Over the years, those issues have been overcome. Now, SOCKS is a popular solution for authenticating protocols that can’t otherwise be authenticated and for passing the defaulting routing of the internal network.
There are many applications for using a SOCKS5 proxy server, including torrenting and P2P as it will mask the IP address. SOCKS5 can also help users bypass firewalls and sensors based on IPs, such as websites that are blocked within certain regions.
SOCKS5 Proxy vs. HTTP and HTTPS Proxy
SOCKS5 proxies, HTTP proxies, and HTTPS proxies are all methods of changing your IP address by acting as an intermediary, connecting users with the destination servers. HTTP and HTTPS proxies are specifically designed for use when browsing the web. A SOCKS proxy delivers all data to a chosen destination server in the form of a client, making it the most anonymous.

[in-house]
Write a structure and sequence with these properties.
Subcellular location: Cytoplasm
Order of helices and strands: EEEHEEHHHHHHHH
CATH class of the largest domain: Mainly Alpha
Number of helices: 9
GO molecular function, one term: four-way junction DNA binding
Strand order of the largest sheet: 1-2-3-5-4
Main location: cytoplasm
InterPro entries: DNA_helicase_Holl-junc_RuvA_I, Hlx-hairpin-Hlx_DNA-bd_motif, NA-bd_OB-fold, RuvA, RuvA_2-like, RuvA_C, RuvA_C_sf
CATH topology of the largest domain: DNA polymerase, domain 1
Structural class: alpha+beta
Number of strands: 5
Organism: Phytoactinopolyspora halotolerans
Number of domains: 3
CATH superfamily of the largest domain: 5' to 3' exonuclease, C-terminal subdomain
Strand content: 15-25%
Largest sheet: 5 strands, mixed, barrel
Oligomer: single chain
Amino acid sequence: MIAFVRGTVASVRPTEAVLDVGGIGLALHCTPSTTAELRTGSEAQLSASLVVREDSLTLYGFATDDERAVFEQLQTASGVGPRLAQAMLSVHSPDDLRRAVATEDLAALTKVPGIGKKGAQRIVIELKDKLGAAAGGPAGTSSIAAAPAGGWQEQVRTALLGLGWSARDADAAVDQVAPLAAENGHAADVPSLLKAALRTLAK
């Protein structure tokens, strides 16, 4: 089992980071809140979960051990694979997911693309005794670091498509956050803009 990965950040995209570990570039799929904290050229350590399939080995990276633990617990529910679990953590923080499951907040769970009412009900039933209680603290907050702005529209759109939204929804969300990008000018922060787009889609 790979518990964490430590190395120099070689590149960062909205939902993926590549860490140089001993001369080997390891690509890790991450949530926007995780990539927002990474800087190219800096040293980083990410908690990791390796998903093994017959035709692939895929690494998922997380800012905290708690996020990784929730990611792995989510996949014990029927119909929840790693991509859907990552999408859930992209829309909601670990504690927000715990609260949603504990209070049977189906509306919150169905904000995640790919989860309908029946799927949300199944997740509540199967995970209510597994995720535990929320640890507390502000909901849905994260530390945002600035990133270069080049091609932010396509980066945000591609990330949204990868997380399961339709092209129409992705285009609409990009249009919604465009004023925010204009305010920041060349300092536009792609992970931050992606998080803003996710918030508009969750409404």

These three are the most commonly used proxies, which is why it’s so important to take a closer look at how they compare.
All three have fast loading and cache pages. HTTPS and SOCKS both have support for an HTTPS (SSL) connection, but HTTP doesn’t. Of the three, only SOCKS is completely anonymous.
HTTP proxies tend to be the most widely used. The main goal of an HTTP proxy is to organize programs and browsers with the TCP protocol. With an HTTP proxy, you can cache downloaded files to improve the website speed, restrict access to particular pages (such as social media on a work network), filter out data (such as advertisements that slow down loading speeds), limit the speed of connection, and keep logs as a way to monitor user traffic.